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Author (up) Jansen, E.; Mulkens, S.; Emond, Y.; Jansen, A.
Title From the Garden of Eden to the land of plenty. Restriction of fruit and sweets intake leads to increased fruit and sweets consumption in children Type Journal Article
Year 2008 Publication Appetite Abbreviated Journal Appetite
Volume 51 Issue 3 Pages 570-575
Keywords Analysis of Variance; Body Mass Index; Child; Child Nutritional Physiological Phenomena/physiology; Child, Preschool; Dietary Sucrose/*administration & dosage; Eating/*psychology; Energy Intake/physiology; Female; *Fruit; Humans; *Inhibition (Psychology); Male; Obesity/epidemiology/etiology/psychology; Parent-Child Relations; Parents/*psychology; Psychology, Child; Surveys and Questionnaires
Abstract Overweight is increasing rapidly in children, compelling researchers to seek for determinants of adverse food intake. In a previous experiment it was found that manipulating the restriction of attractive snacks increased the desirability and intake of these snacks. In the present study, we tested whether this paradoxical restricting effect is also seen in relatively less attractive but healthy food, i.e. fruit. Will fruit become more desirable through restriction, and will children eat more forbidden fruit than non-forbidden fruit? Two groups of young children were forbidden to eat fruits and sweets, respectively, whereas a control group was invited to eat everything. Desire for sweets remained high in the sweets-prohibition condition, whereas it decreased in the fruit-prohibition and no-prohibition conditions. No group differences were found regarding the desire for fruit. With respect to intake, children in both the fruit- and the sweets-prohibition condition consumed more of the formerly forbidden food during a taste session as compared to the no-prohibition condition. In addition, total food intake was higher in the two prohibition conditions than in the no-prohibition condition. These data indicate that the adverse effects of restriction apply to both attractive unhealthy and relatively less attractive but healthy food.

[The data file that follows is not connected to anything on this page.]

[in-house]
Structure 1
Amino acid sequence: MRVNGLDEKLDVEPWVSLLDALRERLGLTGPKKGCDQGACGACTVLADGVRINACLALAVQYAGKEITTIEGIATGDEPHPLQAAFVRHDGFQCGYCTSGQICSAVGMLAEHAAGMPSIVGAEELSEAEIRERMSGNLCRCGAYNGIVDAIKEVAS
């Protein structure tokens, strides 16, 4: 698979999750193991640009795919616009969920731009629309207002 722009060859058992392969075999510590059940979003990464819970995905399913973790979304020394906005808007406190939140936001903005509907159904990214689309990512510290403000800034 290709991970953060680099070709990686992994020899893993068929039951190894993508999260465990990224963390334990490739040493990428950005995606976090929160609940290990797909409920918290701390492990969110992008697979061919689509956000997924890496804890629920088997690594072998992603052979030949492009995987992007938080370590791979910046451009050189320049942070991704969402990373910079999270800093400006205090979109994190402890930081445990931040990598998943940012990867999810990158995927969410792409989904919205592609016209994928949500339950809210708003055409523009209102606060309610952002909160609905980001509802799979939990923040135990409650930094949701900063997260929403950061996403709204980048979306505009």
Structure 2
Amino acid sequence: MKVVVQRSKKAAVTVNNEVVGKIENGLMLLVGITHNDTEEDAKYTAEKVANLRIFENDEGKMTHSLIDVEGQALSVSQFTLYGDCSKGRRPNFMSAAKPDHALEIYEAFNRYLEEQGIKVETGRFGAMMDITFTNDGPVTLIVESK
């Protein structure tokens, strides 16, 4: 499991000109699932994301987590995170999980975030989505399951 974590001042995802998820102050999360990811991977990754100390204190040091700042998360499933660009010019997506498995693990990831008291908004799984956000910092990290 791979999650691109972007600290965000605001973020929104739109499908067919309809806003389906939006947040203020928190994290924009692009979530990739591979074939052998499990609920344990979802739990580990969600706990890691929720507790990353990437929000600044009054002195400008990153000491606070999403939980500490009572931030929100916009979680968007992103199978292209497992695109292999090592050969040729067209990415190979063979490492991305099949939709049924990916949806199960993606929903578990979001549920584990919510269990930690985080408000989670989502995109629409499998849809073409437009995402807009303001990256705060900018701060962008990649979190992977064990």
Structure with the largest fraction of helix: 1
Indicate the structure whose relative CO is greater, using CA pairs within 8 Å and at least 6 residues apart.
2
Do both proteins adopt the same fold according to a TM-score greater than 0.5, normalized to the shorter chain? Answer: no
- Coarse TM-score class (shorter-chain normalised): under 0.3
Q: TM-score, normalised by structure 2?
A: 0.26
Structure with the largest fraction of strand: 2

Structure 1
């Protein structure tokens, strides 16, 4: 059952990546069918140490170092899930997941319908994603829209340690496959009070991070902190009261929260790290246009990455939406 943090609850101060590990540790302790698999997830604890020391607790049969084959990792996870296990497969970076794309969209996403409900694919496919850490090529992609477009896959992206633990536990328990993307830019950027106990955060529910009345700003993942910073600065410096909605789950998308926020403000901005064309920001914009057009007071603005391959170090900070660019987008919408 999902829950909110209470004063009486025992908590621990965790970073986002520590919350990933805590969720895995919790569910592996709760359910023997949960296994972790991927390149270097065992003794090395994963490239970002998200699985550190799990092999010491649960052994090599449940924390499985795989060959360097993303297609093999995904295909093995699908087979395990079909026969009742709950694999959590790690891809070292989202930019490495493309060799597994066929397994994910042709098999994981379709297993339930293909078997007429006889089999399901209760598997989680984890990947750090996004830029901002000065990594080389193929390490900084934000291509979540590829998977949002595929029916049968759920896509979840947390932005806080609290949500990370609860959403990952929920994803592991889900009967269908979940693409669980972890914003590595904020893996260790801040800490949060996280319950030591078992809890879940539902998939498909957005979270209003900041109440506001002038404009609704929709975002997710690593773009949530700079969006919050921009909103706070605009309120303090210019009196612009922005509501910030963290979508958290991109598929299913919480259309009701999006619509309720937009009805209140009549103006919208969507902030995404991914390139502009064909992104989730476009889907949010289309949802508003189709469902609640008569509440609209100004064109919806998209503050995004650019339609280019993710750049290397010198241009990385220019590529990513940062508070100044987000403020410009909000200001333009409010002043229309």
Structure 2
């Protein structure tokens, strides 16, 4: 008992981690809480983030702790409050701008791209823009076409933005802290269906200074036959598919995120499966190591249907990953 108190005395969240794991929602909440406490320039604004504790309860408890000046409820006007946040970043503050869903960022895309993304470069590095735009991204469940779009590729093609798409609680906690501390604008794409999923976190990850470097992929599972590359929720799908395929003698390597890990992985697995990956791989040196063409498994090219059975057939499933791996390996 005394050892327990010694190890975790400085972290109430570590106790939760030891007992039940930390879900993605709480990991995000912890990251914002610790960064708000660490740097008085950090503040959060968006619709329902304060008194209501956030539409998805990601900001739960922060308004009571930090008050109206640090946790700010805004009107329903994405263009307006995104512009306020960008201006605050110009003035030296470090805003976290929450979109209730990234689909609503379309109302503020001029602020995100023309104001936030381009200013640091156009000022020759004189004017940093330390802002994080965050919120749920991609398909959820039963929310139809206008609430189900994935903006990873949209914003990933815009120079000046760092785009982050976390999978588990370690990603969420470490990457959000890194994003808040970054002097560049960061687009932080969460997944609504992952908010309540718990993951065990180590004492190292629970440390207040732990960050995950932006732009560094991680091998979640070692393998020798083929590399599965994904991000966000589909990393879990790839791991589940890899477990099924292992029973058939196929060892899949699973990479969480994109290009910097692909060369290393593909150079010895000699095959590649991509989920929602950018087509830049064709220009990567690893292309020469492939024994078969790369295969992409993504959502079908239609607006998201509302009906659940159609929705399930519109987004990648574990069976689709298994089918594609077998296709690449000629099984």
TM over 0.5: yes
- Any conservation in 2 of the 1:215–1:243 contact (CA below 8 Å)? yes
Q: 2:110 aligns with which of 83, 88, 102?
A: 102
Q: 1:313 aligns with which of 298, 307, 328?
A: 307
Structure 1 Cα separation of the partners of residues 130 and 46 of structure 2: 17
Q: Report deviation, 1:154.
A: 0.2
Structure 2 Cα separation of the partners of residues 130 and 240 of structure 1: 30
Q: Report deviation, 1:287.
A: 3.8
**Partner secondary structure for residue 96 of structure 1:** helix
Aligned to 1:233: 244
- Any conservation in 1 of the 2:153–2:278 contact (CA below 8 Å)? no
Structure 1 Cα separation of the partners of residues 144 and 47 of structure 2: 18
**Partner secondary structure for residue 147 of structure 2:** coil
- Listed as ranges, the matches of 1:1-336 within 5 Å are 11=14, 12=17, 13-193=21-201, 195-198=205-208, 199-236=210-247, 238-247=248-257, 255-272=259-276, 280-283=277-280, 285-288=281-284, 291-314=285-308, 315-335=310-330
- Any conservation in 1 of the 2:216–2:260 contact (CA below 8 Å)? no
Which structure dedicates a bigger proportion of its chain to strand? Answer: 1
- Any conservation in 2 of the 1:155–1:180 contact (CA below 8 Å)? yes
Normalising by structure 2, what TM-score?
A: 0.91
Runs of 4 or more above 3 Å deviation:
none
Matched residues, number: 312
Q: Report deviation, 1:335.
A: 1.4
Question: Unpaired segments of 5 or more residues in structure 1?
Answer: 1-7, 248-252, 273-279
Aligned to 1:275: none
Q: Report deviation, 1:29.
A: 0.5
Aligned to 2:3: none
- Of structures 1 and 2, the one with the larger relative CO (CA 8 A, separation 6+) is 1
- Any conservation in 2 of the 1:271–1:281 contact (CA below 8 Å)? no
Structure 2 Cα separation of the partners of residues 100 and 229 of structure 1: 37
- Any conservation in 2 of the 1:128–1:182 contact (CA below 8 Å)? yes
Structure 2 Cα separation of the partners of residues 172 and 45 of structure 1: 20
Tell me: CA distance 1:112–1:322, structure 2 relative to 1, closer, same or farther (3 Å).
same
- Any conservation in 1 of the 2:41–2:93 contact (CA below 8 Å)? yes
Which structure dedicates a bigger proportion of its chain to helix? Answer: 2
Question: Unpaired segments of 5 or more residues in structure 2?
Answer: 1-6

Call Number Serial 1691
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Author (up) Jansen, E.; Mulkens, S.; Jansen, A.
Title Do not eat the red food!: prohibition of snacks leads to their relatively higher consumption in children Type
Year 2007 Publication Appetite Abbreviated Journal Appetite
Volume 49 Issue 3 Pages 572-577
Keywords Child; Child Nutritional Physiological Phenomena/*physiology; Child, Preschool; Eating/*psychology; Energy Intake/*physiology; Female; Humans; Male; Obesity/epidemiology/etiology/psychology; Overweight/epidemiology/etiology/*psychology; Parent-Child Relations; Parents/*psychology
Abstract Overweight is becoming more prevalent in children. Parents' behaviours play an important role in children's eating behaviour and weight status. In addition to modelling and providing meals, parents also have an influence by using control techniques. One frequently used technique is restriction of intake. In this study, it was tested whether a prohibition of food in the first phase would lead to an increase in desire for the target food and overeating in the second phase. Sure enough, desire increased significantly in the prohibition group, whereas it remained constant in the no-prohibition group. Though no significant differences between groups were found in the absolute consumption of the target food, the proportion of consumed target food (target food intake/total food intake) was significantly higher in the prohibition group. Finally, children whose parents imposed either very little or a lot of restriction at home consumed more kilocalories during the whole experiment, as opposed to children who were exposed to a moderate level of restriction at home. These data indicate that restriction can have adverse effects on children's food preference and caloric intake.